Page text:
Sunday, March 4, 2012
my name is not easy by debby dahl edwardson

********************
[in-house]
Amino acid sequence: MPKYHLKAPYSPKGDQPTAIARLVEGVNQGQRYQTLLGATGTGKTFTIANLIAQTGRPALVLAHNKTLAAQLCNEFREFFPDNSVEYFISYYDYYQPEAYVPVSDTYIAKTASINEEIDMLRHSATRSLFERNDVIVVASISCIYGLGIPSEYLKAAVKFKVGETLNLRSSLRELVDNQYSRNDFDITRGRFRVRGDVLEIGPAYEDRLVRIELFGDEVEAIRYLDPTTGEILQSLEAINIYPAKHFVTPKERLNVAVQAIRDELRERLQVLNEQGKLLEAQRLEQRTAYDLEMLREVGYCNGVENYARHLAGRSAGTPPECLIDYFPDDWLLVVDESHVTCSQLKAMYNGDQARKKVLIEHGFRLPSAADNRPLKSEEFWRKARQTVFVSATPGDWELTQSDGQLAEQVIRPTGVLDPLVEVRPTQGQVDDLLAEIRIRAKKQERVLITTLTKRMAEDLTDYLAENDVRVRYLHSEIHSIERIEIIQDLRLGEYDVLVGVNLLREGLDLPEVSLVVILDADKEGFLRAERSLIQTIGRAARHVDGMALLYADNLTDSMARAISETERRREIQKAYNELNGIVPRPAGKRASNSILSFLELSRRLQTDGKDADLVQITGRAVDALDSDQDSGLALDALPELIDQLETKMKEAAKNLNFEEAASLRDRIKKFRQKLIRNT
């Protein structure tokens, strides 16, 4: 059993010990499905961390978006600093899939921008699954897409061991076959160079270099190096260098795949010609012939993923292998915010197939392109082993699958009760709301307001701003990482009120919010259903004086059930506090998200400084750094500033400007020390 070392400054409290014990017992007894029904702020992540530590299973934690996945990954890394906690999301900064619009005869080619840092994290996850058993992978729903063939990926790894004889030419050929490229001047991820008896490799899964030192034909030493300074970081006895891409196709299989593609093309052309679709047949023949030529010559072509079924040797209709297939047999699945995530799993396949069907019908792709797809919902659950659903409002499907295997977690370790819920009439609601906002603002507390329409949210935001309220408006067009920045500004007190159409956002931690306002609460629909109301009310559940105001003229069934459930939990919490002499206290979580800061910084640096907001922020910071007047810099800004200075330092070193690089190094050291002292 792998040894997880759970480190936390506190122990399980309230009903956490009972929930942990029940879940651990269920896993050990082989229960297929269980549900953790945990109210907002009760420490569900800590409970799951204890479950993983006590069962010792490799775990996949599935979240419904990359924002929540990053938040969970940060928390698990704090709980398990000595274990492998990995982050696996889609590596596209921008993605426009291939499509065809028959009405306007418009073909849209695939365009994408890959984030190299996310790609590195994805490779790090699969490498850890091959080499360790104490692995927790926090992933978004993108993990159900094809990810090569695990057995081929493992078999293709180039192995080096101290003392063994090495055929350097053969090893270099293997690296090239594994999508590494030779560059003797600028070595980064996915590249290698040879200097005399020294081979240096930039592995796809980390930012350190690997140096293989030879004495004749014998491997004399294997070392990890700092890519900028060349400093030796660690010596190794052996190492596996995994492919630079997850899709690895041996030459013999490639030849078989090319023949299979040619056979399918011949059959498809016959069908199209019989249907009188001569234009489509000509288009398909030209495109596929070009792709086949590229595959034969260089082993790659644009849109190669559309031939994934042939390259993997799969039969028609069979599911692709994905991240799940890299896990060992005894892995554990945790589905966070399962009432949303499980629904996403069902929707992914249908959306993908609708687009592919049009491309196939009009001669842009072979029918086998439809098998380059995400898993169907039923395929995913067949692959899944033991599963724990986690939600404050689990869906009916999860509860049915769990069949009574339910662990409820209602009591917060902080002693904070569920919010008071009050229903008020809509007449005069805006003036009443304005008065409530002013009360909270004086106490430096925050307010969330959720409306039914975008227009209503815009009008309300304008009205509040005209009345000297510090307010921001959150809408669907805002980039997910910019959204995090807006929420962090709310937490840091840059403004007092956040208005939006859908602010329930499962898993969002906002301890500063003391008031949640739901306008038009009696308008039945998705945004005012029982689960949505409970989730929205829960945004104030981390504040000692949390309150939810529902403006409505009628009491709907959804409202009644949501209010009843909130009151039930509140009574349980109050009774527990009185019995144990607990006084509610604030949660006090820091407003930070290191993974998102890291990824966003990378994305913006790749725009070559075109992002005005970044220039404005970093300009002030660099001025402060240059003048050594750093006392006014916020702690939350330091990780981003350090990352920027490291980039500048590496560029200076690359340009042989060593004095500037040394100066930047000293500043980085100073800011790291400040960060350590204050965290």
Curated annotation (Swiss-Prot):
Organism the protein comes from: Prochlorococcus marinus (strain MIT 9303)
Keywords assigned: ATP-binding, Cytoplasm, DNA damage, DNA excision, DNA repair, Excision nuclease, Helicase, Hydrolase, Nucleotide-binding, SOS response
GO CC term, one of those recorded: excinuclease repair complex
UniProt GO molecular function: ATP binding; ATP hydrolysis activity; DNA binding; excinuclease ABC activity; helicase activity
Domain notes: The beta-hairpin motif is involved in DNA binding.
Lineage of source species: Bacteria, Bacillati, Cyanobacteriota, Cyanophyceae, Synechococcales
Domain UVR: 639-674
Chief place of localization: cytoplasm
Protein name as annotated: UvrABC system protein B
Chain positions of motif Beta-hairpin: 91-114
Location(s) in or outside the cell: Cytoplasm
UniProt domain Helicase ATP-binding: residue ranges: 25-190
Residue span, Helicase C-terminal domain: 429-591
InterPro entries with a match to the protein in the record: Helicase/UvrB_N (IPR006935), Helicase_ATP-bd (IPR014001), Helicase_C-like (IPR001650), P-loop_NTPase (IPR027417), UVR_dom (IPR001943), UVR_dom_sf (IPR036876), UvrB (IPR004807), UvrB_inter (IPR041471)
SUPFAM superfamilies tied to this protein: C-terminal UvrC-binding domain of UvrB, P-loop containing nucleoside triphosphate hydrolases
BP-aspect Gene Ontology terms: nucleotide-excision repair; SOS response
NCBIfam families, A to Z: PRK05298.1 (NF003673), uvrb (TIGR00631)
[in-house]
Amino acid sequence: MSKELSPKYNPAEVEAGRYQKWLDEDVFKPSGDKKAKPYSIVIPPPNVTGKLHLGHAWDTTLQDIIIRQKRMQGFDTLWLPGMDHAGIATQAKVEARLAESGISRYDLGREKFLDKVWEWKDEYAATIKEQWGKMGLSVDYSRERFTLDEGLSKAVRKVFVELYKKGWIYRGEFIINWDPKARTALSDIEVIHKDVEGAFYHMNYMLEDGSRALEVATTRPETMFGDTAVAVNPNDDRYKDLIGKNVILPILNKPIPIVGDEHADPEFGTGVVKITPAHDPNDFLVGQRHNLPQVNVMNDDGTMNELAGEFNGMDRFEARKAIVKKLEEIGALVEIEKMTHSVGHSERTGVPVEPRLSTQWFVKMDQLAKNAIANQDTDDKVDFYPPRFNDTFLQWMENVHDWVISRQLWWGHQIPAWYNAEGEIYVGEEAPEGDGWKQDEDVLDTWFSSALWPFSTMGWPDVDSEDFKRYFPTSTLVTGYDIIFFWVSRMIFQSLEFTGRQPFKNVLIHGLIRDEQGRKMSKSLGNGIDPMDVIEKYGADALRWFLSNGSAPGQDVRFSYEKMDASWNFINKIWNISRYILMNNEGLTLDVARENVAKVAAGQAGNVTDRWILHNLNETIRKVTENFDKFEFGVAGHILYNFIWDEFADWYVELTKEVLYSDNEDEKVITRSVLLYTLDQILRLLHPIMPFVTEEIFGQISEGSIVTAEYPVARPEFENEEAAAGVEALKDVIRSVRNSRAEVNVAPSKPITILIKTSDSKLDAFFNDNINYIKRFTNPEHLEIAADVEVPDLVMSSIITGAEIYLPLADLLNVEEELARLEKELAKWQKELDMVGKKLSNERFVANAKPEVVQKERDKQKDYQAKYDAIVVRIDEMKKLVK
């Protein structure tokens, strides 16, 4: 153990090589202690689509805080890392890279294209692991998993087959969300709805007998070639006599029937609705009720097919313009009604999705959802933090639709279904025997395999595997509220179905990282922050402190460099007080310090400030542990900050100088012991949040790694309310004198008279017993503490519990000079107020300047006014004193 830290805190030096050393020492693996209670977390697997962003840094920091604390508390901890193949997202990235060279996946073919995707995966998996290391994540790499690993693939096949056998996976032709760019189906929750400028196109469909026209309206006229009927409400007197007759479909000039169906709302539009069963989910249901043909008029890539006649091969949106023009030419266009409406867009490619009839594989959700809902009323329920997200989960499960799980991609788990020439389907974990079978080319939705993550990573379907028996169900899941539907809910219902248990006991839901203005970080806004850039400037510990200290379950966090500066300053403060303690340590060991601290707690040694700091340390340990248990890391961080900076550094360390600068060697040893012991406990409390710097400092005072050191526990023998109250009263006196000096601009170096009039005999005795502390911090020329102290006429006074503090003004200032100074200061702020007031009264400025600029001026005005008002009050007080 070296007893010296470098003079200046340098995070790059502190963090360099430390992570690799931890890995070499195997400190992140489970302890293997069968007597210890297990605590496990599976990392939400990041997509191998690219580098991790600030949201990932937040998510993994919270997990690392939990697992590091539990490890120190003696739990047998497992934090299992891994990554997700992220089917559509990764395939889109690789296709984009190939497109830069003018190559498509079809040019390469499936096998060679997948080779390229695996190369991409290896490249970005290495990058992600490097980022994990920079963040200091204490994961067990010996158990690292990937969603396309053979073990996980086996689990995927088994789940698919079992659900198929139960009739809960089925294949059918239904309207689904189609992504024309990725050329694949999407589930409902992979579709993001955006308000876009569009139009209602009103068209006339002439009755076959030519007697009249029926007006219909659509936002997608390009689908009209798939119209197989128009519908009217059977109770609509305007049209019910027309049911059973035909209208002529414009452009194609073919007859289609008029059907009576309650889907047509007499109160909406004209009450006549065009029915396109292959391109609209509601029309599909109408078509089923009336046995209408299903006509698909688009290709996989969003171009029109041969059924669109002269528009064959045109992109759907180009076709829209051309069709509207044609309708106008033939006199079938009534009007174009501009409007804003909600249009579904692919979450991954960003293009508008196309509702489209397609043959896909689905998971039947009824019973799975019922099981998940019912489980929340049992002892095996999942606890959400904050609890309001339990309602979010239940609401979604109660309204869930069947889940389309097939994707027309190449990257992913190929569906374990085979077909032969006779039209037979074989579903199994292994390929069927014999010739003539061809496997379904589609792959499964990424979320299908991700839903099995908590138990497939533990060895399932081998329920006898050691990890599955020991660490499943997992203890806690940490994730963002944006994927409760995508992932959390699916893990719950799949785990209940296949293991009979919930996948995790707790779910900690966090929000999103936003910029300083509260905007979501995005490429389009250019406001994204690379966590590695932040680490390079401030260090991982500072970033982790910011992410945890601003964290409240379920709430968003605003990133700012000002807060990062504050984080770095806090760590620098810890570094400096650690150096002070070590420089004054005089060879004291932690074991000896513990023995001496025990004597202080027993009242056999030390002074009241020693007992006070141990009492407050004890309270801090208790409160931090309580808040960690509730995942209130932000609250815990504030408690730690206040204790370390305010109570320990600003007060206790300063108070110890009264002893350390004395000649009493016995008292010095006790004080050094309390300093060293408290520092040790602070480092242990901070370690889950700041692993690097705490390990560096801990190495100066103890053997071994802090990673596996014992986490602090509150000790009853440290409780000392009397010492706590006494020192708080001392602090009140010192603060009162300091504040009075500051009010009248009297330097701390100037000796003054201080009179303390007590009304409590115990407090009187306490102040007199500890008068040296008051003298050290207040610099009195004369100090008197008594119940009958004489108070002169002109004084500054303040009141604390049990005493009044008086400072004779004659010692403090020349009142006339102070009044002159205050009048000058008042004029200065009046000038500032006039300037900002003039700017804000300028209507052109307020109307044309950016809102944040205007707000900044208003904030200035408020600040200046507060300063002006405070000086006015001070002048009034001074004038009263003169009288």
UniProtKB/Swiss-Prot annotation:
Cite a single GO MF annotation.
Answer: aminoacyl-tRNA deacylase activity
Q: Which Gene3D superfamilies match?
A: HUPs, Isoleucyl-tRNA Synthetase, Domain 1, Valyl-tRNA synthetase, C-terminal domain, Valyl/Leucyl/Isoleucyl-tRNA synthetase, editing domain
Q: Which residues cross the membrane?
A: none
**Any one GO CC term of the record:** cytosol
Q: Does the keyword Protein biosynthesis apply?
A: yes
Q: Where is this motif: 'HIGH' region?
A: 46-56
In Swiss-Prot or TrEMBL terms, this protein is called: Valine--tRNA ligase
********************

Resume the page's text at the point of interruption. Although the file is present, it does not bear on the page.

Luke’s Inupiaq name is “hard like ocean ice grinding at the shore or wind pounding the tundra.” But at Alaska’s Sacred Heart boarding school, which Luke attends with his brother, Bunna (a third brother is effectively kidnapped and sent to Texas), his name and the nuances of his culture aren’t treated as being important. It’s the 1960s, though, and the times are a-changing. In lovely, evocative language, Edwardson weaves Luke’s story of displacement, loss, and growth into those of his fellow students’ in a story about the collision of culture and the growing awareness of civil rights. It’s a testament to her skill that even clueless priests and sisters at the school come across as rounded characters; several of them are even aware that military experiments with radioactive drinks, allowed on native students, may be suspect. Some point-of-view changes from first person to third-person omniscient are jarring; nevertheless, this is an illuminating novel of changing perspectives.